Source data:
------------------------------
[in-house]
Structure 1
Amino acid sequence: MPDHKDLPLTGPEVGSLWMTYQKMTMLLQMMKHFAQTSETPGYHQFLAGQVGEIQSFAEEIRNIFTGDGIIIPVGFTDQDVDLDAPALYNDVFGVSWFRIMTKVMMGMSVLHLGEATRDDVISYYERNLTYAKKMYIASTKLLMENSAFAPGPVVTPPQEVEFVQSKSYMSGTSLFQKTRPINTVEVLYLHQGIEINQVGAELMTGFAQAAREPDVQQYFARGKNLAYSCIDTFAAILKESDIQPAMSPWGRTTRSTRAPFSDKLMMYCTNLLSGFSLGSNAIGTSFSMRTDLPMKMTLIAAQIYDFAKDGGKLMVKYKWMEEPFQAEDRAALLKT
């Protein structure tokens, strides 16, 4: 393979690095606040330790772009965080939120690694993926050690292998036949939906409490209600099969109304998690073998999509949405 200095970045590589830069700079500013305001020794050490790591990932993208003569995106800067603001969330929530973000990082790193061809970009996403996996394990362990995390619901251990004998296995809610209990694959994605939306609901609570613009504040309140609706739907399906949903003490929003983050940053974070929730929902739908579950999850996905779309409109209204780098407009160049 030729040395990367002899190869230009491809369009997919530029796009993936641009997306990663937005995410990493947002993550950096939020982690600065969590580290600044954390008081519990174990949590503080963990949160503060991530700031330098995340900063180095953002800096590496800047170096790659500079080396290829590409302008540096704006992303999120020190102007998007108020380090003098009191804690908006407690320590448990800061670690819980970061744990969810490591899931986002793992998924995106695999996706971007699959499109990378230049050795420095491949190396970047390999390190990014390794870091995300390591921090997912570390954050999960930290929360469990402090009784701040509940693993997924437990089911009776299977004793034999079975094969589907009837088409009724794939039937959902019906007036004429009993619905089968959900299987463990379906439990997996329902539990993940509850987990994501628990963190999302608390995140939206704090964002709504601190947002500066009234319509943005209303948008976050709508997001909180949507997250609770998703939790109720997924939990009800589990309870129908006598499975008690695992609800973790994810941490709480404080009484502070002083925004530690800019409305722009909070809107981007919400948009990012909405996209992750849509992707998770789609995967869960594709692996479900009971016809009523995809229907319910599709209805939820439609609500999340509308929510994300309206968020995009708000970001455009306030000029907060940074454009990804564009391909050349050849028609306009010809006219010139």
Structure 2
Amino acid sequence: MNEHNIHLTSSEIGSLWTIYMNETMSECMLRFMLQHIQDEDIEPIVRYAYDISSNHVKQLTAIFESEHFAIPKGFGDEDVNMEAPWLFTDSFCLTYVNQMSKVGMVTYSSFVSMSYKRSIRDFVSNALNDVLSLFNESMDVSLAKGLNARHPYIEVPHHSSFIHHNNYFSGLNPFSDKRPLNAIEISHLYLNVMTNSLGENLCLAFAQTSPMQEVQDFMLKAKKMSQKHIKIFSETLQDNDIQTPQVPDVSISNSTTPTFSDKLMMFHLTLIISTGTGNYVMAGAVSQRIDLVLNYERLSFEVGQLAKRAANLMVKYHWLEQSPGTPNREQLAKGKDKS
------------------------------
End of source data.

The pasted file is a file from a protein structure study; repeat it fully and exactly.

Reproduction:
[in-house]
Structure 1
Amino acid sequence: MPDHKDLPLTGPEVGSLWMTYQKMTMLLQMMKHFAQTSETPGYHQFLAGQVGEIQSFAEEIRNIFTGDGIIIPVGFTDQDVDLDAPALYNDVFGVSWFRIMTKVMMGMSVLHLGEATRDDVISYYERNLTYAKKMYIASTKLLMENSAFAPGPVVTPPQEVEFVQSKSYMSGTSLFQKTRPINTVEVLYLHQGIEINQVGAELMTGFAQAAREPDVQQYFARGKNLAYSCIDTFAAILKESDIQPAMSPWGRTTRSTRAPFSDKLMMYCTNLLSGFSLGSNAIGTSFSMRTDLPMKMTLIAAQIYDFAKDGGKLMVKYKWMEEPFQAEDRAALLKT
């Protein structure tokens, strides 16, 4: 393979690095606040330790772009965080939120690694993926050690292998036949939906409490209600099969109304998690073998999509949405 200095970045590589830069700079500013305001020794050490790591990932993208003569995106800067603001969330929530973000990082790193061809970009996403996996394990362990995390619901251990004998296995809610209990694959994605939306609901609570613009504040309140609706739907399906949903003490929003983050940053974070929730929902739908579950999850996905779309409109209204780098407009160049 030729040395990367002899190869230009491809369009997919530029796009993936641009997306990663937005995410990493947002993550950096939020982690600065969590580290600044954390008081519990174990949590503080963990949160503060991530700031330098995340900063180095953002800096590496800047170096790659500079080396290829590409302008540096704006992303999120020190102007998007108020380090003098009191804690908006407690320590448990800061670690819980970061744990969810490591899931986002793992998924995106695999996706971007699959499109990378230049050795420095491949190396970047390999390190990014390794870091995300390591921090997912570390954050999960930290929360469990402090009784701040509940693993997924437990089911009776299977004793034999079975094969589907009837088409009724794939039937959902019906007036004429009993619905089968959900299987463990379906439990997996329902539990993940509850987990994501628990963190999302608390995140939206704090964002709504601190947002500066009234319509943005209303948008976050709508997001909180949507997250609770998703939790109720997924939990009800589990309870129908006598499975008690695992609800973790994810941490709480404080009484502070002083925004530690800019409305722009909070809107981007919400948009990012909405996209992750849509992707998770789609995967869960594709692996479900009971016809009523995809229907319910599709209805939820439609609500999340509308929510994300309206968020995009708000970001455009306030000029907060940074454009990804564009391909050349050849028609306009010809006219010139």
Structure 2
Amino acid sequence: MNEHNIHLTSSEIGSLWTIYMNETMSECMLRFMLQHIQDEDIEPIVRYAYDISSNHVKQLTAIFESEHFAIPKGFGDEDVNMEAPWLFTDSFCLTYVNQMSKVGMVTYSSFVSMSYKRSIRDFVSNALNDVLSLFNESMDVSLAKGLNARHPYIEVPHHSSFIHHNNYFSGLNPFSDKRPLNAIEISHLYLNVMTNSLGENLCLAFAQTSPMQEVQDFMLKAKKMSQKHIKIFSETLQDNDIQTPQVPDVSISNSTTPTFSDKLMMFHLTLIISTGTGNYVMAGAVSQRIDLVLNYERLSFEVGQLAKRAANLMVKYHWLEQSPGTPNREQLAKGKDKS